This year’s contest offers a new cash prize for scientists who can explain complex science in a way that will awaken the interest of thousands of 11-year-olds.
“I came up with this contest as a fun challenge for scientists to explain a complex thing like a flame in a way that would make it clear to an 11 year old,” said actor, writer and science advocate Alan Alda, a visiting professor at Stony Brook University. “The idea was to urge scientists to communicate more clearly. I didn’t realize what an extraordinary learning experience it was going to be for the 11-year-olds. By now, tens of thousands of kids from all over the world have excitedly delved into the mysteries of nature as they’ve judged the scientists’ entries.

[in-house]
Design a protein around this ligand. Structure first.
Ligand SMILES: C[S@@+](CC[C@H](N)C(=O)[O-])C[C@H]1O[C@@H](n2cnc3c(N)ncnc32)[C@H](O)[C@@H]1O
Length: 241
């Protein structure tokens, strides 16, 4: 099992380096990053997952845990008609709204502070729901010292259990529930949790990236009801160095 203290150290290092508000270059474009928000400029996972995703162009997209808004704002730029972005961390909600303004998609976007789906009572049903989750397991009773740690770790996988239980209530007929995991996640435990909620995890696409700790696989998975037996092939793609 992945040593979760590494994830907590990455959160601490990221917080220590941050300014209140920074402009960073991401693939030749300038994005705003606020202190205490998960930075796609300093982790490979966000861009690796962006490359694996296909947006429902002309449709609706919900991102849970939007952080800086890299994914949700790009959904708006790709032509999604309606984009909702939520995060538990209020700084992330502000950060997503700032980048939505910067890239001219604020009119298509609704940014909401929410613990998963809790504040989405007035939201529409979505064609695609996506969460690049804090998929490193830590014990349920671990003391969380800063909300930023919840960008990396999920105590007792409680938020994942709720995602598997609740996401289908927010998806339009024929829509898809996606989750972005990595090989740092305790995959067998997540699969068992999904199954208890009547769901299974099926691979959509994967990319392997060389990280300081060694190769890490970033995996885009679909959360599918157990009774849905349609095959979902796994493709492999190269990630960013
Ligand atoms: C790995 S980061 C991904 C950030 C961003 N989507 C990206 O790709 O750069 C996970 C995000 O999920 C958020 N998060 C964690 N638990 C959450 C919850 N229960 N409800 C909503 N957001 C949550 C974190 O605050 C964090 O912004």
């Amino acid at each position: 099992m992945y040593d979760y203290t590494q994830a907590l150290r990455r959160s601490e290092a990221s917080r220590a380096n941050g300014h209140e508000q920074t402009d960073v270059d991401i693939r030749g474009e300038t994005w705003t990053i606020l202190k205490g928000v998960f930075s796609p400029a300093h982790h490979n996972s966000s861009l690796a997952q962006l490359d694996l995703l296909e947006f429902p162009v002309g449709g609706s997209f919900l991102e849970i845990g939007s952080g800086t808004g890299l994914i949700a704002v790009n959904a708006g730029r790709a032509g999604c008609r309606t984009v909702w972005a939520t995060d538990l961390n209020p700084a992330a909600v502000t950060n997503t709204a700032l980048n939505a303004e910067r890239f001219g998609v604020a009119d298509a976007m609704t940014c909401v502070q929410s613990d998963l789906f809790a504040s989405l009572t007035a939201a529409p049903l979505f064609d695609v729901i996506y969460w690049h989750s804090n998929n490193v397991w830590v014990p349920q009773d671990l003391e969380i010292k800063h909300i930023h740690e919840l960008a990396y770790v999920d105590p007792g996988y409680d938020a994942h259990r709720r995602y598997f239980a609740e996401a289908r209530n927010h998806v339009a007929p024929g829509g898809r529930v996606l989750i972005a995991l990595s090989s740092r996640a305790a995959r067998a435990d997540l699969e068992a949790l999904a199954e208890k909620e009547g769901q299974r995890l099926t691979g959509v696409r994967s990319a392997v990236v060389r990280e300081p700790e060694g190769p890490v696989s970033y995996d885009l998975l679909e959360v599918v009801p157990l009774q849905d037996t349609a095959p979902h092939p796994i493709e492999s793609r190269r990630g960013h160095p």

“This year’s question — “What is sleep?” — should wake them up to a whole new understanding of that third of our lives we know so little about,” said Alda. Besides kicking off the Flame Challenge, the multi-tasking Alda is currently appearing on Broadway in the play “Love Letters.”
Scientists have until Feb. 13, 2015 to submit their answers in writing, video or graphics. This year, for the first time, a $1,000 cash prize will go to the scientists who submit the two winning answers, one written entry and one video or graphic entry. In addition, as in past years, the winning scientists will receive a trip to New York City, where they will meet Alan Alda and be honored at the World Science Festival in May, 2015. The Flame Challenge is generously sponsored by the American Chemical Society (ACS) and the AAAS.